In early September 2012, a top-rated flooring company which was subcontracted to my general contractor completed installation and finishing of new white oak floors in two upstairs rooms and the downstairs den of our new house. The floors were stained and finished with three coats of Bona High Traffic. Each coat was allowed to dry several days before re-application. They also sanded the existing pine floors in the living room, dining room and hallway, stained them, and finished them with three coats of Bona High Traffic.

The floors looked beautiful, but my wife and I immediately noticed a strong odor, despite the insistence of the flooring man and the general contractor that this was a "green" product with no smell. I had been working in the house almost every day for five weeks before the floors went in, and had never smelled this odor before the floor installation. Nonetheless, I tried to believe that perhaps it came from some other source, or that it would go away quickly. Just before we moved in, the house was cleaned and dusted extremely well by a maid service, including removing the covers on the baseboard radiators, and thoroughly vacuuming. Despite all this, after moving in, the odor became more noticeable. My wife and I first thought it might be due to the boxes or dust generated by moving. However, even after we had cleaned up the boxes and vacuumed several times with our excellent Miele vacuum with HEPA filtering, the odor persisted.

I tried to think of ways to ascertain whether the smell was coming from the floors or from some other source. After a lot of trial and error, two simple experiments finally convinced me that the source was the floors: First, the smell was only present in the rooms where the floors had been treated. In the kitchen and breezeway, where we eat and sit for long periods, there was no such odor; also not in the basement where I spend time at the workbench. Second, by kneeling down and putting one's nose against the floor, the odor could be intensified. This odor cannot be detected in the kitchen, bathroom, or breeezeway floors where no Bona High Traffic finish was applied.

The worst of it is that now, four full months since the application, I wake up every morning with a runny nose and sneezing from the irritation caused by the smell. It is worst in the rooms where the oak was installed. Naturally, it is most offensive in the bedroom where one spends 8 hours every night. By leaving the windows open a few inches with cross ventilation, as I do every night even in the cold, the odor is reduced, but still not completely eliminated. The only good news is that the smell is gradually receding. It is not annoying me anymore in the rooms with the pre-existing pine floors. I'm sure that after some finite amount of time the outgassing will be complete in the oak-floored rooms as well. But how long? It is four months already, and the improvement is very slow.

There is no question in my mind that the odor problem comes from the floor treatment. This does not prove that it is the Bona High Traffic by itself. As the floors were also stained, it could be the interaction of the Bona High Traffic finish with the stain. Either way, there is an odor problem with the Bona High Traffic product that has not been forthrightly acknowledged by the manufacturer . The product should be able to be applied in conjunction with stains, and not leave such a persisting odor.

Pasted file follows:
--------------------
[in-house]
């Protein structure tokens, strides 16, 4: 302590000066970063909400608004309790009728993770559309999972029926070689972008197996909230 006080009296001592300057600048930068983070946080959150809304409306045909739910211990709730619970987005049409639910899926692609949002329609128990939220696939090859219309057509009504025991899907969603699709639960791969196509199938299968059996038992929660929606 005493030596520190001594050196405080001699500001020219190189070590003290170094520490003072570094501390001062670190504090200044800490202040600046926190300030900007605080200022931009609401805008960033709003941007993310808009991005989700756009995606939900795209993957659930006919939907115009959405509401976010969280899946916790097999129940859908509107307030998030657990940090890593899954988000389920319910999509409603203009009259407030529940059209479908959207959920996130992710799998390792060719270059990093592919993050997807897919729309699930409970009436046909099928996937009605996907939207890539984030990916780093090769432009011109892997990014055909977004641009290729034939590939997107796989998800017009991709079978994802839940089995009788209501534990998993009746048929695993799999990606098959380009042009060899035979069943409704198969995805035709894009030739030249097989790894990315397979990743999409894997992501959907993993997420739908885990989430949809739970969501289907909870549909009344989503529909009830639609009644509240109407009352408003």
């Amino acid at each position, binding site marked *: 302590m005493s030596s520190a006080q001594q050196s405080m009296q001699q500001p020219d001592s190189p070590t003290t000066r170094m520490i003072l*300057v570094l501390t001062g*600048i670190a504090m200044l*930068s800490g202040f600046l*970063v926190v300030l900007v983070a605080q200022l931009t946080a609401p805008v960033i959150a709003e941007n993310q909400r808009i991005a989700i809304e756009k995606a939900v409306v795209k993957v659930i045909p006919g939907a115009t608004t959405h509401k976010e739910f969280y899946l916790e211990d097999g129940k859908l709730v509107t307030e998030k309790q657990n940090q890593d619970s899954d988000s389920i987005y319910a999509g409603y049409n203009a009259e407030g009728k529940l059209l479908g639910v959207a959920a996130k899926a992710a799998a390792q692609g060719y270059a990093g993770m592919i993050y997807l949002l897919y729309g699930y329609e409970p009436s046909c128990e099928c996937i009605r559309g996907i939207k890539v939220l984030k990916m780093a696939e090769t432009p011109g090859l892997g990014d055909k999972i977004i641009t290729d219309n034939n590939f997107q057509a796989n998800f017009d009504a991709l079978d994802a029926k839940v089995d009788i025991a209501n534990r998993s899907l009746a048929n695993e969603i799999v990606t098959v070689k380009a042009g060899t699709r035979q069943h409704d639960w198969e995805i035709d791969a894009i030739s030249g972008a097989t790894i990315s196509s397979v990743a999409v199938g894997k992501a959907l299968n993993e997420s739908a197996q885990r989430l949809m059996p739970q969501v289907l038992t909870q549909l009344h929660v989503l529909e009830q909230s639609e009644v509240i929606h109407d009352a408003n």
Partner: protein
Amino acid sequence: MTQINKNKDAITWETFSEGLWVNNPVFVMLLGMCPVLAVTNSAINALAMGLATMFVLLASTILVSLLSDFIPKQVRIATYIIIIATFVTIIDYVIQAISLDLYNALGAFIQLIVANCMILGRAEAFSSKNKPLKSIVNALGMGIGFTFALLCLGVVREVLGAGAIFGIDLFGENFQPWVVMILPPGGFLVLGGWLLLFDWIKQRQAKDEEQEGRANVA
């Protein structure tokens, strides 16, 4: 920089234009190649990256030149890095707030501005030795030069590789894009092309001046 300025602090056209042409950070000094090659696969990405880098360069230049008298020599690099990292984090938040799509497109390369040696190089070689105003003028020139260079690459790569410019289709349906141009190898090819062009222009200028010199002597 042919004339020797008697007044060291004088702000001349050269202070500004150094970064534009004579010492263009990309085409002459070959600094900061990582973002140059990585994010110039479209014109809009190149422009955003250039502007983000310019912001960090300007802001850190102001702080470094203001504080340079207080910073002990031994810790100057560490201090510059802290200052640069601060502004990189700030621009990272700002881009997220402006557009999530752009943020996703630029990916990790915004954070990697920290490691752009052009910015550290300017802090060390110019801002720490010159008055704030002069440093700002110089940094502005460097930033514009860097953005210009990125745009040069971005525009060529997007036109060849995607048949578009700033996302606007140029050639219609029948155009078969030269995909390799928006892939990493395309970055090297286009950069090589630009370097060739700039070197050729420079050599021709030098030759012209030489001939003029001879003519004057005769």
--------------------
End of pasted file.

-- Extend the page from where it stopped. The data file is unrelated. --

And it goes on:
It is disconcerting to hear people who have an interest in the matter, such as contractors who use the product, or designers who recommend it, imply that there is no odor problem. This entry is intended to cause them to hesitate before saying, "In so many years of using the product, I never had a complaint." I have suffered the odor problem, and so did two other people on this page. How many more, who haven't troubled to write it up? I think that the company needs to carry out a scientific investigation, and try to determine what is the problem (perhaps an interaction of two products, or of the product with certain woods?).

It should be noted that the term "green" or "natural" does not mean odorless. A skunk is natural, but it stinks. So does sewage, or the organic esters that produce the smell of bananas. So let's get real here, acknowledge that this Bona High Traffic product affects at least some people adversely with its persisting odor, and try to get to the bottom of it an honest and scientific fashion.

Thank you for hearing me out.

    Bookmark   January 9, 2013 at 12:47PM
Thank you for reporting this comment. Undo

Bona Traffic claims of being "green" is not because of a low odor claim. It gets its "green" designation by having low VOCs (Volatile Organic Compounds).

The odor or lack of is a result of lower VOCs as compared to a oil based poly urethane which has signicantly more VOCs.

Qualified professions use this product and other water bourne urethanes every single day. Without issue. As heard by in this forum.

Multiple people having issues with odors with the only common demnominator being the Bona Traffic is not enough to say its the finish that is faulty. Each person has unique differences which causes too many variables to single out the finish.

    Bookmark   January 9, 2013 at 10:25PM
Thank you for reporting this comment. Undo

Air sampling is the only way to establish what chemicals you are smelling and what is the source of the molecules involved.

    Bookmark   January 13, 2013 at 4:27PM
Sign Up to comment
More Discussions
Hallmark Hardwoods Historic Walnut Alta vista collection
Has anyone installed Hallmark Hardwoods Historic Walnut...
cleaning hardwood floors & tile floors
What's best way to clean hardwood floors.... how can...
Matte or shiny hardwood floors...what's your preference?
We are going to sand and refinish our floors. What...
Bamboo Floor Disaster
Hi, I got new bamboo floors when I renovated my NYC...
Where can I find some replacement Haddon Hall parquet tiles?
I've been searching the Internets for a particular...
People viewed this after searching for:
© 2015 Houzz Inc. Houzz® The new way to design your home™